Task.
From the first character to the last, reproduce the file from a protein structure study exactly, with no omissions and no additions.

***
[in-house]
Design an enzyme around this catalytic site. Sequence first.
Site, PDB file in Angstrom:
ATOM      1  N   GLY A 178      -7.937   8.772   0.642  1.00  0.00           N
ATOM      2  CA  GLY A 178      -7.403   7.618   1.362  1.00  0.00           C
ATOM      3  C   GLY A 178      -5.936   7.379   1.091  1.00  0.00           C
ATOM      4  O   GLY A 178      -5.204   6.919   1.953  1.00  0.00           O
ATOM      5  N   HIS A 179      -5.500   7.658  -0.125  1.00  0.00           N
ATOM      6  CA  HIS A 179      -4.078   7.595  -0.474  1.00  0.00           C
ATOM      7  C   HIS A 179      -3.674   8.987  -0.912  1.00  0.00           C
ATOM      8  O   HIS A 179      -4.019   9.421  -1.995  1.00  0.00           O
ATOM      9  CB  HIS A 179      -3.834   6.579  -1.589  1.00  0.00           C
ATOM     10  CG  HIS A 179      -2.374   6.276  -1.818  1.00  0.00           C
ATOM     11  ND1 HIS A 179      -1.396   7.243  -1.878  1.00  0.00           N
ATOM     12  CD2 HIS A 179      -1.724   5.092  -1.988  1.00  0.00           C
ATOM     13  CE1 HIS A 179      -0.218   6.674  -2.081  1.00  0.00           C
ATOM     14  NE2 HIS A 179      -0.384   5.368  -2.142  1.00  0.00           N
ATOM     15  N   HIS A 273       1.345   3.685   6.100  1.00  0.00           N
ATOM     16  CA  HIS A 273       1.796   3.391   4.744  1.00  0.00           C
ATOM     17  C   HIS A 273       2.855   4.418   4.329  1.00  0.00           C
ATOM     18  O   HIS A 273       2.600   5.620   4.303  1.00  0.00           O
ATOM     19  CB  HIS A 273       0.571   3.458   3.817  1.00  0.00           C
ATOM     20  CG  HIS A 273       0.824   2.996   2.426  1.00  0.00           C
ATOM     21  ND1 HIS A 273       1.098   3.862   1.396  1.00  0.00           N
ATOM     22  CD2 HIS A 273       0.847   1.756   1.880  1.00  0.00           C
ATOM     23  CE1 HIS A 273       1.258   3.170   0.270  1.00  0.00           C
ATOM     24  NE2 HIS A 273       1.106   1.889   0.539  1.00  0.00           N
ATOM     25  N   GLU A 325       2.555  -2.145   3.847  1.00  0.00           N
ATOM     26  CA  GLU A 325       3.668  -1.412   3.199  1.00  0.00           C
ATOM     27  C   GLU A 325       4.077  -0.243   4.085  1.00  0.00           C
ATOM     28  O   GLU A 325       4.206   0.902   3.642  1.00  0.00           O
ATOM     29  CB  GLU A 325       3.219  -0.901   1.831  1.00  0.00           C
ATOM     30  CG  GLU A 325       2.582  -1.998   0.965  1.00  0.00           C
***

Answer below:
[in-house]
Design an enzyme around this catalytic site. Sequence first.
Site, PDB file in Angstrom:
ATOM      1  N   GLY A 178      -7.937   8.772   0.642  1.00  0.00           N
ATOM      2  CA  GLY A 178      -7.403   7.618   1.362  1.00  0.00           C
ATOM      3  C   GLY A 178      -5.936   7.379   1.091  1.00  0.00           C
ATOM      4  O   GLY A 178      -5.204   6.919   1.953  1.00  0.00           O
ATOM      5  N   HIS A 179      -5.500   7.658  -0.125  1.00  0.00           N
ATOM      6  CA  HIS A 179      -4.078   7.595  -0.474  1.00  0.00           C
ATOM      7  C   HIS A 179      -3.674   8.987  -0.912  1.00  0.00           C
ATOM      8  O   HIS A 179      -4.019   9.421  -1.995  1.00  0.00           O
ATOM      9  CB  HIS A 179      -3.834   6.579  -1.589  1.00  0.00           C
ATOM     10  CG  HIS A 179      -2.374   6.276  -1.818  1.00  0.00           C
ATOM     11  ND1 HIS A 179      -1.396   7.243  -1.878  1.00  0.00           N
ATOM     12  CD2 HIS A 179      -1.724   5.092  -1.988  1.00  0.00           C
ATOM     13  CE1 HIS A 179      -0.218   6.674  -2.081  1.00  0.00           C
ATOM     14  NE2 HIS A 179      -0.384   5.368  -2.142  1.00  0.00           N
ATOM     15  N   HIS A 273       1.345   3.685   6.100  1.00  0.00           N
ATOM     16  CA  HIS A 273       1.796   3.391   4.744  1.00  0.00           C
ATOM     17  C   HIS A 273       2.855   4.418   4.329  1.00  0.00           C
ATOM     18  O   HIS A 273       2.600   5.620   4.303  1.00  0.00           O
ATOM     19  CB  HIS A 273       0.571   3.458   3.817  1.00  0.00           C
ATOM     20  CG  HIS A 273       0.824   2.996   2.426  1.00  0.00           C
ATOM     21  ND1 HIS A 273       1.098   3.862   1.396  1.00  0.00           N
ATOM     22  CD2 HIS A 273       0.847   1.756   1.880  1.00  0.00           C
ATOM     23  CE1 HIS A 273       1.258   3.170   0.270  1.00  0.00           C
ATOM     24  NE2 HIS A 273       1.106   1.889   0.539  1.00  0.00           N
ATOM     25  N   GLU A 325       2.555  -2.145   3.847  1.00  0.00           N
ATOM     26  CA  GLU A 325       3.668  -1.412   3.199  1.00  0.00           C
ATOM     27  C   GLU A 325       4.077  -0.243   4.085  1.00  0.00           C
ATOM     28  O   GLU A 325       4.206   0.902   3.642  1.00  0.00           O
ATOM     29  CB  GLU A 325       3.219  -0.901   1.831  1.00  0.00           C
ATOM     30  CG  GLU A 325       2.582  -1.998   0.965  1.00  0.00           C